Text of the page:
For a nocturnal outing, behold the glowing spectacle of some 18,000 illuminated lakeside orbs at Pennsylvania’s Longwood Gardens (longwoodgardens.org), where a series of eight large-scale light installations by British artist Bruce Munro is on display through Oct. 30. Visitors can arrive starting at 4 p.m. in September and October, Thursday through Sunday evenings, to wander the gardens and watch the installations come to life at dusk; a 30-minute illuminated fountain show begins at 8:15 pm. The property’s 1,100 acres of gardens also include 37 stainless steel lilies that shimmer with light, and 1,000 plastic flamingos awash in ever-changing colors, thanks to projection technology. Admission is $35; $32 for college students and seniors; $19 for ages 5-18; free for ages 4 and younger. Timed ticket purchases are recommended.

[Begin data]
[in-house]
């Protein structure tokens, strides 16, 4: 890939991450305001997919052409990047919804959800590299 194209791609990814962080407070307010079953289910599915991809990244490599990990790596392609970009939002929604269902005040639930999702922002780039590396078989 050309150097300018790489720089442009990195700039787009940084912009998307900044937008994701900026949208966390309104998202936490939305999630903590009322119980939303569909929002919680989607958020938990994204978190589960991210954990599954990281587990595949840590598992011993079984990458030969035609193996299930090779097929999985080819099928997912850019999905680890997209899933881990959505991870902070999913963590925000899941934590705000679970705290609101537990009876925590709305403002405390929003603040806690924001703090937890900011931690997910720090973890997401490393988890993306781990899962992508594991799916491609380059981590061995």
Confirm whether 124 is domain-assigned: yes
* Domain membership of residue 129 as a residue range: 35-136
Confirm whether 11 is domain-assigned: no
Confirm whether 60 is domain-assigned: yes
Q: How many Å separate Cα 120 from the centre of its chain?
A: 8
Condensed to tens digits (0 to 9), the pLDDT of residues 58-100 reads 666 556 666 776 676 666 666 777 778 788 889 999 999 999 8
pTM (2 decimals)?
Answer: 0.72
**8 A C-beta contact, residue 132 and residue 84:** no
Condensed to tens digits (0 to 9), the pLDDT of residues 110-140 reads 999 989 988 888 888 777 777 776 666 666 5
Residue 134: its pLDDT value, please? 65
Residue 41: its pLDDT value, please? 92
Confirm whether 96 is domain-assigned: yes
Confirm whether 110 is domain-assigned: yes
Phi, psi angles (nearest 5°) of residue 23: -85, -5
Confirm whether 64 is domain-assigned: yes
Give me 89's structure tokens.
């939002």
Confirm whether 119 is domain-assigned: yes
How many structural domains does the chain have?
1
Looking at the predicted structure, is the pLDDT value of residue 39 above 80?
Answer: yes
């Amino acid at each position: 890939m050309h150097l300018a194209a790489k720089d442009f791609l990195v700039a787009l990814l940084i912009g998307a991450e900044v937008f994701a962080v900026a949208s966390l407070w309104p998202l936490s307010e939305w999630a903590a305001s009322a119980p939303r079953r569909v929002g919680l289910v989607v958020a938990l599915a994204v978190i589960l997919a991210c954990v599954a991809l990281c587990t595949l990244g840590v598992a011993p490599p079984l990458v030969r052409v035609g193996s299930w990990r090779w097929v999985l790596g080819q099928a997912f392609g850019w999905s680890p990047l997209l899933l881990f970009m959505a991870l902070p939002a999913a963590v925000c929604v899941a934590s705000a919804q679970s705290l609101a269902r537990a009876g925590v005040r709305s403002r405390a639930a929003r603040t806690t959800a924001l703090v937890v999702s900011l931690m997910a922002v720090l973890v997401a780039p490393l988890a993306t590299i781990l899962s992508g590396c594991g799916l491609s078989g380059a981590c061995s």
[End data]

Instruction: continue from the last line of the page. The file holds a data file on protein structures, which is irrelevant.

8. See for miles
Harpers Ferry National Historical Park has 22 miles of hiking trails spread across 3,500 acres and three states: West Virginia, Maryland and Virginia. The moderately strenuous 7.5-mile Loudoun Heights Trail—which includes a scant section of the Appalachian Trail—rewards hikers with spectacular views of Harpers Ferry and the Potomac and Shenandoah Rivers, as well as interesting phyllite and quartzite rock formations. The 4.5- to 6.5-mile Maryland Heights Trail offers equally spectacular views. For a more easygoing walkabout, the 1- to 3-mile Murphy-Chambers Farm hike passes through fields and wooded ravines to arrive at views of the Shenandoah River, the surrounding mountains and Civil War cannons. Leashed dogs are allowed on all trails, with hikes of varying lengths and difficulties. Pick up a trail map at the park’s visitor center or go to nps.gov/hafe/planyourvisit/hikes.htm to plan your route. If time allows, Harpers Ferry’s museums, ghost tours, quaint shops and cafes are worth a stop, too (discoveritallwv.com/attractions/harpers-ferry).